Weathering Ties – Test Shots

I got started on staining and weathering some ties this evening, and decided to take some test shots to see how things look.




IMG_0222These ties are on the coal track, which is about 10″ in front a viewer’s nose when they’re standing next to the layout, so I’m experimenting with a few different approaches to creating decrepit track.  I gouged a bit of wear (ok, a lot of wear) into the ties and then took three or four passes with a range of artist oil colours that I mixed from burnt umber, raw umber, mixing white, an grey.  The last step was a thin wash of a really dark dirt colour I made up.

Here are some more pics of other spots along the coal track.


IMG_0223IMG_0226I want to be sure that I like the treatment of the ties before I stain the lot of them. I might have to spike down some rail and set in some ballast before I know for sure.

TH&B Slab Side Hoppers 2852 and 2804

Continuing on the theme of my previous post, here’s a shot of TH&B slab side hopper 2852 and 2804.  Despite the fact that the weathering might look overdone, these cars were very dirty from carrying cement loads.

IMG_0086IMG_0083Like the CP car that posted photos of yesterday, these were weathered with oils mixed by eye in a range of greys and then finished of with pastels.

CP Slab Side Covered Hopper 381151

I posted shots of my Canadian slab side covered hoppers while they were still in the process of being weathered.  Here are shots of both sides of CP slab side hopper 381151 after it was finished.


IMG_0074The car was weathered using a few layers of oils that I mixed in a range of grays.  Once the oils had dried for about a week, I finished the car with pastels.

Weathering TH&B Slab Side Covered Hoppers

copyright Gerry Schaefer

copyright Gerry Schaefer

The term “slab side” covered hopper has always seemed a bit odd to me.  I suppose it does seem odd in the context of modern covered hoppers.  My guess is that back in 1947 it would have been necessary to describe the unique approach to constructing a covered hopper with the vertical side braces on the inside of the side sheets.  It was in ’47 that CPR built a prototype covered hopper in exactly this fashion, defying the norm and producing a car that appeared to be constructed of slabs, I guess.

CP liked the idea enough to National Steel Car in Hamilton Ontario to build 200 cars based on their prototype.  It must have caught on, because between 1950 and about 1963, similar covered hoppers were built for TH&B, CNR, and PGE, by both National Steel Car and Canadian Car & Foundry.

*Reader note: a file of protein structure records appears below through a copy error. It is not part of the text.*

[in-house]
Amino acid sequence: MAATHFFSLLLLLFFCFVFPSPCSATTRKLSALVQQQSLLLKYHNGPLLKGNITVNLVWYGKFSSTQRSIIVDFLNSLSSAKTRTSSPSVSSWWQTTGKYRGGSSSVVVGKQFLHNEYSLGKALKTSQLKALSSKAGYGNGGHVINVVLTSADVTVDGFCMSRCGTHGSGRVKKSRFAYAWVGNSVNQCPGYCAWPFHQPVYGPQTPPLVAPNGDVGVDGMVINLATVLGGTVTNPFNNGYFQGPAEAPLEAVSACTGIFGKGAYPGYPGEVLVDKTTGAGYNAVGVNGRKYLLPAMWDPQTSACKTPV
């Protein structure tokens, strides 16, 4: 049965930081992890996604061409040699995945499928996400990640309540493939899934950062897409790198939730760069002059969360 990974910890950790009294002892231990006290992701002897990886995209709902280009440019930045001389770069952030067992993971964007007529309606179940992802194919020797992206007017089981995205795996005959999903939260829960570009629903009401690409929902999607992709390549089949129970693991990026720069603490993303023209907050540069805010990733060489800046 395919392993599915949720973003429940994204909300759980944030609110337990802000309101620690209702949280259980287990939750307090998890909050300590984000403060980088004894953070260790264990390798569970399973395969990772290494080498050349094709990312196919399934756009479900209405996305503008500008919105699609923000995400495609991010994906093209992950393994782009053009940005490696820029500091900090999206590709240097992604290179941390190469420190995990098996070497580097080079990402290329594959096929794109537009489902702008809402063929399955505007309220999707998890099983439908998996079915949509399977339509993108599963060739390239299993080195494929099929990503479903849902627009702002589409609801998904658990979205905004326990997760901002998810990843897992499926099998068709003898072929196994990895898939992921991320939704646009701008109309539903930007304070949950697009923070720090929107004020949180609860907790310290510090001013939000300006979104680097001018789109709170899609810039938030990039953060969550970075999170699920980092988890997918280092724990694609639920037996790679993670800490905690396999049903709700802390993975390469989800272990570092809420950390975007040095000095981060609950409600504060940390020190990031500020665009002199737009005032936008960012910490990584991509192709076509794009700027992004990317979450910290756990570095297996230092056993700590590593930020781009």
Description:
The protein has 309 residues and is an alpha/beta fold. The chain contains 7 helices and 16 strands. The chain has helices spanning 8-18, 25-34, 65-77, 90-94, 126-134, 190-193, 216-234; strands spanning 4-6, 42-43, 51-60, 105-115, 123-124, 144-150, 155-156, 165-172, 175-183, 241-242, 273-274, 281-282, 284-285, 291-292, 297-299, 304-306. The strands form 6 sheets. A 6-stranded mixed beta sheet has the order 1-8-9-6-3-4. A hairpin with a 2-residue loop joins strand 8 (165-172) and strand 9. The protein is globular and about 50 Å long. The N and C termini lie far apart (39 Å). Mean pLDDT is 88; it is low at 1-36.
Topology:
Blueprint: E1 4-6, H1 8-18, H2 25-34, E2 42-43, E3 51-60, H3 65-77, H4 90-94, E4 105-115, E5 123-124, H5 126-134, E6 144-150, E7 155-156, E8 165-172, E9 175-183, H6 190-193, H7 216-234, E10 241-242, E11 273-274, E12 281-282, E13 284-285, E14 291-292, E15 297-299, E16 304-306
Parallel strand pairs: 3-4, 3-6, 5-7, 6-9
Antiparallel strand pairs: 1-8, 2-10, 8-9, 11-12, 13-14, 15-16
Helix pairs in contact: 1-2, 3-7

These cars are uniquely Canadian, and for a long time it was difficult to own a model of one, let alone a fleet of them, in HO.  There were very nice brass models of these cars imported some time in the 1980s, but they’re quite rare.  25 years ago, I tried twice to build a model of a TH&B car.  The first was a kitbash that went dreadfully wrong.  The second was an aborted scratch-building adventure.  In the 1990s, Sylvan Scale Models produced a resin kit of this car, and I bought two of them.  These kits proved so challenging to me that both of them are still in a state of partial completion at the bottom of a box somewhere in my basement.

True Line Trains came to the rescue a couple of years back, and produced a smoking nice model of this car in its most common variations.  I didn’t get around to buying any until they were nearly sold out, but I did manage to snag a few TH&B and CP cars at the 11th hour. They were immediately put into service on the WRMRC, and a couple of them were nicely weathered by my friend Ted shortly after they were put on the club layout.  

I love heavily weathered cars, so before I even paid for these, I had a vision of how they would end up.  I remember these slab side covered hoppers being very messed up, almost absurdly so.  And it just wasn’t the occasional car that was really filthy.  It seemed like every slab side covered hopper I saw was a complete mess.  I couldn’t resist going full out on these models.

I brought three of my cars home from the club, and over the past few days, I’ve had a chance to experiment with creating the base weathering of dried cement on the top and sides of the cars.  I’m using oils for this part.  I’ve been mixing a variety of greys by eye and applying them in layers.  I feel like I’ve captured the dried cement effect. Next, I’ll probably use pastels on the trucks and airbrush the slope sheets and underbody.  I don’t usually like showing my weathering work before it’s finished, but here’s a sneak-preview of both sides of the three cars I’m currently working on.  Keep in mind that they’re not finished.

IMG_0014 IMG_0015 IMG_0016 IMG_0017 IMG_0018 IMG_0019